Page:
Amazon To Ban Face Recognition Tech For Law Enforcement Use

In the wake of recent events, Amazon has come forth and declared a ban on its facial recognition tech for the local police for one year.

Following the murder of George Floyd, there has been a widespread focus on police authorities, and their potential. Come Wednesday, just days after a similar action taken by IBM; Amazon made the following statement on its blog:

“We’ve advocated that governments should put in place stronger regulations to govern the ethical use of facial recognition technology, and in recent days, Congress appears ready to take on this challenge,”

“We hope this one-year moratorium might give Congress enough time to implement appropriate rules, and we stand ready to help if requested.” Amazon said in a statement.

As they say, they are available to offer any guidance when it comes to proper law regulation. The technology had already been a victim of controversy when critics noted that it could be highly misused and result in inaccurate identifications. Out of all, the Black and Brown communities right along with Native Americans and Black women are affected the most in this regard.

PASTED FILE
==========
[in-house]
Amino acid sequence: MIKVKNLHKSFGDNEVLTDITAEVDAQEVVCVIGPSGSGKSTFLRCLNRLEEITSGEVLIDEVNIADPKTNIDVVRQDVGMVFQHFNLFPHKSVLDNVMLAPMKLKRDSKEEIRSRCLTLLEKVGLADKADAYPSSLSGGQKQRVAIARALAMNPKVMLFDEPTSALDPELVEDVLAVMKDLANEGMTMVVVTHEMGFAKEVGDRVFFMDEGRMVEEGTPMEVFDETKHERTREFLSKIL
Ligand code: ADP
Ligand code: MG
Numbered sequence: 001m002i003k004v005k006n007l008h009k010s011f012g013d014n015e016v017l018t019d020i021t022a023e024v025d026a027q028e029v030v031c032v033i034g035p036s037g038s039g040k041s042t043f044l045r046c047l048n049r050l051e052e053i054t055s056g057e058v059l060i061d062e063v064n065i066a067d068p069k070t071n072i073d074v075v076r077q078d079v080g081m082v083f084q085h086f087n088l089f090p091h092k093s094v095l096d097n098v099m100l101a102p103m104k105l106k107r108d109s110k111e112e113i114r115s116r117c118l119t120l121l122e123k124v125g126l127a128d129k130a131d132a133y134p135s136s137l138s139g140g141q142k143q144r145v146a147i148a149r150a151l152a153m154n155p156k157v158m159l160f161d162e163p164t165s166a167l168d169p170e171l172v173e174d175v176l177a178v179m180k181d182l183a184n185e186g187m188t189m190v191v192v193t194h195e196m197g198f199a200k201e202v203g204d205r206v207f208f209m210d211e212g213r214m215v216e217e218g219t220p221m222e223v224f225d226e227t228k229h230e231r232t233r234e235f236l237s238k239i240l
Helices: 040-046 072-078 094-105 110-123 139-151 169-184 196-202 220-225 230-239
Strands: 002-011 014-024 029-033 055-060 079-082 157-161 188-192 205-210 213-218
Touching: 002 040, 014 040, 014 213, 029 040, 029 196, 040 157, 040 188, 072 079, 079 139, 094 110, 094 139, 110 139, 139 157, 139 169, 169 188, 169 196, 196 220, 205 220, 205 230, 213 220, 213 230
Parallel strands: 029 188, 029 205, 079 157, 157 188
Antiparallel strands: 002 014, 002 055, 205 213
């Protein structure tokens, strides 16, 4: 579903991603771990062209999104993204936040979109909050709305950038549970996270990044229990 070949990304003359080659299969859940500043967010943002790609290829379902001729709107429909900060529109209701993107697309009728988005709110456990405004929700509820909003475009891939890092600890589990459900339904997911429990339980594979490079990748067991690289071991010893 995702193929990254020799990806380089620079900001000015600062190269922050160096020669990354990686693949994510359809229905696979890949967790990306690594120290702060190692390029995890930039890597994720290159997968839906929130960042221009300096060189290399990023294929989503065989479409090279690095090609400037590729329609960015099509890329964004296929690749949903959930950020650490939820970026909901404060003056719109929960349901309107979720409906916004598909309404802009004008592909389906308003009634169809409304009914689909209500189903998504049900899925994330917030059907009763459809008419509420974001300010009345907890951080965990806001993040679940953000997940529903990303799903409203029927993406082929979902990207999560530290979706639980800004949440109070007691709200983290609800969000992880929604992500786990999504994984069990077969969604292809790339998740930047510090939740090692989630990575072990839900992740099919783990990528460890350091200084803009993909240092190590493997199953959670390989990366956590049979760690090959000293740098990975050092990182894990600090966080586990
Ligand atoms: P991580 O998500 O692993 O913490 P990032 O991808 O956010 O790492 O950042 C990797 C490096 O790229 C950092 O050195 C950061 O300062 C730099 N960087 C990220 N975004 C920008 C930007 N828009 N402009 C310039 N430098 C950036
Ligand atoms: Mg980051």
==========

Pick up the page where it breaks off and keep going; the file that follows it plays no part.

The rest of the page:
face recognition

face recognition tech

Although entirely oblivious how many law enforcement agencies are affected by this implementation, they had been condemned by calling for a defunding in public protests, especially in terms of surveillance techniques.

As Amazon previously continued to provide its very own technology of face identification called ‘Rekognition,’ the fact that it just donated a hefty sum of $10 million in support of the Black people, had begun to seem trivial to the masses.

Joining the party, Google and Microsoft both are very much in on the scene, but refusing to offer any face recognition technology to the police.

While it is heavily scrutinized that the ban of facial identity isn’t a matter of a year or a decade, but a matter of ending it altogether, Amazon has refused to comment any further.

Apart from police use, however, the technology is still available for commercial usage and by companies like the International Center for Missing and Exploited Children, which help in human trafficking.

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